The host of Discovery Channel’s Daily Planet program and one of Canada’s best known popular scientists, Jay Ingram, will discuss the mystery behind prion diseases like mad cow disease this Friday in Red Deer.
His free lecture, The Prion Diaries: Fatal Brain Diseases in Humans and Animals, is this Friday, April 1 at the Margaret Parsons Theatre at Red Deer College at 5:30 p.m. A reception will follow at 6:30 p.m.
“Prions are an amazing story,” he said. “How most of these diseases started is a complete mystery. Research coming out now may connect them with much more common diseases like Alzheimer’s, Lou Gehrig (ALS) and Parkinsons’s, in that they develop and spread in the brain. This might turn out to be the most important discovery of the research. This is all speculative, but fascinating.”
A prion is an infectious agent made up of a protein in misfolded form. It was coined in 1982 by combining the words protein and infection. Prions are responsible for a variety of diseases like bovine spongiform encephalopathy, better known as mad cow disease, and chronic wasting disease in animals.
They are also behind human diseases like Creutzfeldt-Jacob disease. The common factor is that prion diseases are untreatable and fatal, and affect the structure of the brain and other nerve tissue in animals and people.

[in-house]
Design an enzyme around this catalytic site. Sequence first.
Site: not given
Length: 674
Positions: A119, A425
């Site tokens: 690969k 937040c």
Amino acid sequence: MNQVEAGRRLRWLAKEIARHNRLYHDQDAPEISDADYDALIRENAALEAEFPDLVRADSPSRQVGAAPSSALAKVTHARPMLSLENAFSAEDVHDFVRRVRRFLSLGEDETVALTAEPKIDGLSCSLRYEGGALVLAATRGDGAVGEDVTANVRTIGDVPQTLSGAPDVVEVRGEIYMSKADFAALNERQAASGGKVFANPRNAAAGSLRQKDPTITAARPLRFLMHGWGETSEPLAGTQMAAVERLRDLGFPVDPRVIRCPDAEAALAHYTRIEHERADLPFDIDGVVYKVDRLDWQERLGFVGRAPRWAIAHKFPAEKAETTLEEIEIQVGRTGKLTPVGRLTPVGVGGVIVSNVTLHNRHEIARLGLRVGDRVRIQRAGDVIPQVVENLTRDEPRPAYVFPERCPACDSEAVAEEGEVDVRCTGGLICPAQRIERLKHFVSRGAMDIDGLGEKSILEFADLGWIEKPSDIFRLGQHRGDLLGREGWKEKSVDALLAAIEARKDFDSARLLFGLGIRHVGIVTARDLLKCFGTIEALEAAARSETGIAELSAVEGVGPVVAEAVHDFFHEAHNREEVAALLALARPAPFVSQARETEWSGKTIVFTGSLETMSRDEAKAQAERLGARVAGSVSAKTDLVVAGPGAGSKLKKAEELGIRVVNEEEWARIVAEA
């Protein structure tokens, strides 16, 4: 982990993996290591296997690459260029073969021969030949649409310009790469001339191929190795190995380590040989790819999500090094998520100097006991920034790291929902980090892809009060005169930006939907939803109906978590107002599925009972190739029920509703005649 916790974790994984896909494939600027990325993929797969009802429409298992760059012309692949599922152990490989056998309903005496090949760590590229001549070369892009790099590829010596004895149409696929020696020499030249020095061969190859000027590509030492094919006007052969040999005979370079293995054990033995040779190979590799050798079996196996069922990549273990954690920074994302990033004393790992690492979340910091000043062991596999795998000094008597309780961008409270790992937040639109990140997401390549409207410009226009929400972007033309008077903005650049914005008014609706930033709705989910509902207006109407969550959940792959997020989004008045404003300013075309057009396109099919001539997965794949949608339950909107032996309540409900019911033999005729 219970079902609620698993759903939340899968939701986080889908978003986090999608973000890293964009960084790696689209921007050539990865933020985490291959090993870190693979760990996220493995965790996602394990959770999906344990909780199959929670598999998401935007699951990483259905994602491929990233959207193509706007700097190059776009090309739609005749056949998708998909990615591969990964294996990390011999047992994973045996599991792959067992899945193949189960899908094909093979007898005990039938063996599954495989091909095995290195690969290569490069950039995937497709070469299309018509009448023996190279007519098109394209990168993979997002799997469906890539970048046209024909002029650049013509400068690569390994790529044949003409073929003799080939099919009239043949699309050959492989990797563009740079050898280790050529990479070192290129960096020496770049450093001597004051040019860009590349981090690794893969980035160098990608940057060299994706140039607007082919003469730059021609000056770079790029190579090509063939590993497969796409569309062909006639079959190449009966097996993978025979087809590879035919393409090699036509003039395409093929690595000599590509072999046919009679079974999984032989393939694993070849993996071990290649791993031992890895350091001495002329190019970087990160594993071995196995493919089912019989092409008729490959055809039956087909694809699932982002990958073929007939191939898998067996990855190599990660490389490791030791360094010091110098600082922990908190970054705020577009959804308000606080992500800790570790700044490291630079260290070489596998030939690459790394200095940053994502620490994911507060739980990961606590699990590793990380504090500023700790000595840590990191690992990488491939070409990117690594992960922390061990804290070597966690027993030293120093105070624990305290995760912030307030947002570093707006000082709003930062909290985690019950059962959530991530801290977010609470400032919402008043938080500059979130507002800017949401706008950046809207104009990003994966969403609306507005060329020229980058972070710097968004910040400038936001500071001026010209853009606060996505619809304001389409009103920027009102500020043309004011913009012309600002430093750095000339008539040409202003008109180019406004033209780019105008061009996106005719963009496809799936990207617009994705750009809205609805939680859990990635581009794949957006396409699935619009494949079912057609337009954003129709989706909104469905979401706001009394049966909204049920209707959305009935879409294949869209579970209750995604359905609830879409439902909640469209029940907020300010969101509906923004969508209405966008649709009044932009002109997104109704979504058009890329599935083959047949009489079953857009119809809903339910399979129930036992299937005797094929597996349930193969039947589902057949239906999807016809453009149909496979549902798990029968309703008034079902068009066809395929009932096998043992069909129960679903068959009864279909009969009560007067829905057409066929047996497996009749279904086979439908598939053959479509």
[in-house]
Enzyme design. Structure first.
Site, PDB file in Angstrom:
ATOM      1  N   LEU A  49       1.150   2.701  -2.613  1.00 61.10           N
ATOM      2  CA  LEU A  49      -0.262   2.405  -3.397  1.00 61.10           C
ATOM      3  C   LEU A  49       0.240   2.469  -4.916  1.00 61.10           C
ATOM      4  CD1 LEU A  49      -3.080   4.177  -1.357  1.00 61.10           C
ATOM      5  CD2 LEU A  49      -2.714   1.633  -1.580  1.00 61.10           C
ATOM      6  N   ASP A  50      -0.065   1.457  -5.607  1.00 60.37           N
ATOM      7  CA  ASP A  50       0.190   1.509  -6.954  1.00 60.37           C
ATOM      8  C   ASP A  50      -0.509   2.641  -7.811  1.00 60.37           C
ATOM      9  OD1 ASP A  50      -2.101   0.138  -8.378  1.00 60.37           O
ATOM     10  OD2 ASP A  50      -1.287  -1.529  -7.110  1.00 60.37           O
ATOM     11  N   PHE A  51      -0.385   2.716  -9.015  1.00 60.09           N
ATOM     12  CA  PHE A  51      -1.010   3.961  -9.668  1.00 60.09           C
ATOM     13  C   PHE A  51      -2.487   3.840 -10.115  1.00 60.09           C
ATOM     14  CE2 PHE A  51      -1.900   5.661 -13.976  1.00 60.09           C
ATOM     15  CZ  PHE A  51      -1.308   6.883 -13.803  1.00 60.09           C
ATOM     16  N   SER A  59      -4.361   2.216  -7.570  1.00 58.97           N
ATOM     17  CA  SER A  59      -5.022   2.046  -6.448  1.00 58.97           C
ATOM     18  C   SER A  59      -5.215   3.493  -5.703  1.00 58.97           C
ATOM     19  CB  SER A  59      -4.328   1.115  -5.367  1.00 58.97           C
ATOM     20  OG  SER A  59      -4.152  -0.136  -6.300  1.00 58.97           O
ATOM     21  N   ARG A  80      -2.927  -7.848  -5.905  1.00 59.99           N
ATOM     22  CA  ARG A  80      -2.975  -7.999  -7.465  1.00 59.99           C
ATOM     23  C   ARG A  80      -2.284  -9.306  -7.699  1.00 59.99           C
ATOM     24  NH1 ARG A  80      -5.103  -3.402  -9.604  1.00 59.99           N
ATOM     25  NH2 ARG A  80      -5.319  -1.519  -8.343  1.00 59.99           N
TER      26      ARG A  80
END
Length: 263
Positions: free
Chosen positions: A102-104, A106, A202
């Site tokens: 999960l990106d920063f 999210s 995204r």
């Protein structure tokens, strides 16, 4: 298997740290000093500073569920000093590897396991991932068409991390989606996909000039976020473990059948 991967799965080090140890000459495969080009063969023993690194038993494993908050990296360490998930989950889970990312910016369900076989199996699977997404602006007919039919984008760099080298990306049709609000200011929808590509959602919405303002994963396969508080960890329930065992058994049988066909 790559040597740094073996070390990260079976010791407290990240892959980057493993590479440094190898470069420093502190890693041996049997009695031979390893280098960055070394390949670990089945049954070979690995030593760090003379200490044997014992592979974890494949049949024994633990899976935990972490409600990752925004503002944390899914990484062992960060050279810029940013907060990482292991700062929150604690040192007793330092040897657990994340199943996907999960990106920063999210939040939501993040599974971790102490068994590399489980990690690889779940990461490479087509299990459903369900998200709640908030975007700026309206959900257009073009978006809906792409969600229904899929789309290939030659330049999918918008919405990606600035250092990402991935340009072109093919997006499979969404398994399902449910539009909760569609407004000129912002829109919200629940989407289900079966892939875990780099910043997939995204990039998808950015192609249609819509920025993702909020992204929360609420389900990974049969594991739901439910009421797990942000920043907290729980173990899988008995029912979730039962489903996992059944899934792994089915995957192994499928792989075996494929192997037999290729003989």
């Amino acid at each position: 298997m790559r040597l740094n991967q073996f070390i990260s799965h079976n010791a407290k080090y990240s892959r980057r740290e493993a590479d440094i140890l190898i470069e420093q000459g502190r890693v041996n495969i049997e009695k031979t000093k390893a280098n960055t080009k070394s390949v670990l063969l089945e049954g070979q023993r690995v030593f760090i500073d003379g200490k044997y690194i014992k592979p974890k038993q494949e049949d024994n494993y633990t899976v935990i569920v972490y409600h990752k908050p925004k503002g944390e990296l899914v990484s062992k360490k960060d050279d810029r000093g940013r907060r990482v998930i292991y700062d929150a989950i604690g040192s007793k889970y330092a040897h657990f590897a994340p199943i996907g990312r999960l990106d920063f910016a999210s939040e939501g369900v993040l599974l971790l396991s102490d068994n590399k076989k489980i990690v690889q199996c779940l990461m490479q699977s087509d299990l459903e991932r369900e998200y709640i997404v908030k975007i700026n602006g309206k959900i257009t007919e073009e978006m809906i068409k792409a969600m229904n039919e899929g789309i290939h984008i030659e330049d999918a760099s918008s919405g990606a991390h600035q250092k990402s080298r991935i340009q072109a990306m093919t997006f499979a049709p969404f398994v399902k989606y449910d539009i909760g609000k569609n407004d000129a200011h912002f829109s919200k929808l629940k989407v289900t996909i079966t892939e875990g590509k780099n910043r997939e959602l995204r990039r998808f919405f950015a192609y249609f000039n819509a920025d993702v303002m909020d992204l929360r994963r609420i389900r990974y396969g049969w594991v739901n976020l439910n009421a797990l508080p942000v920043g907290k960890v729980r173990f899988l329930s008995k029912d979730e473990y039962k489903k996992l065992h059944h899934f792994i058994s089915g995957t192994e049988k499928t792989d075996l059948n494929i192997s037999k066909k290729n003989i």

Prion diseases are relatively rare; for example, Creutzfeldt-Jacob disease only occurs in one person per million in Canada, perhaps 35 cases annually.
One of the first prion diseases to come to light is called kuru, in Papua – New Guinea. It was caused by cannibalism, people eating other people’s brains. Ingram said at first researchers didn’t understand why people were dying and it was eventually anthropologists who noticed that fewer young people were dying as cannibalism was ending.
Ingram said that even more than 50 years after cannibalism stopped, there are still people with the disease there, which means there is a tremendously long incubation period for it.
This is a concern, he said, noting that 170 people died from eating contaminated meat thought to be related to prion diseases in Great Britain.
“There may be more. What if these diseases affecting people could incubate for 40-plus years? Research hasn’t proven a connection, but it is very important to do more research to find out.”
Alberta is on the forefront of prion research, said Ingram, because of its problems with mad cow disease. In 2005 the province set up the $35 million Prion Research Institute in Edmonton to coordinate studies into human and animal prion diseases. Chronic wasting disease in deer and elk, which seems to be spreading, is also a concern.
Ingram, who has hosted Daily Planet since the program started on Discovery Channel in 1995, is the author of several bestselling books and the recipient of numerous awards.
He has a science degree in microbiology from the University of Alberta and a master’s degree from the University of Toronto as well as four honourary degrees. He became a member of the Order of Canada in 2009 “for his contributions in making science accessible to the public.”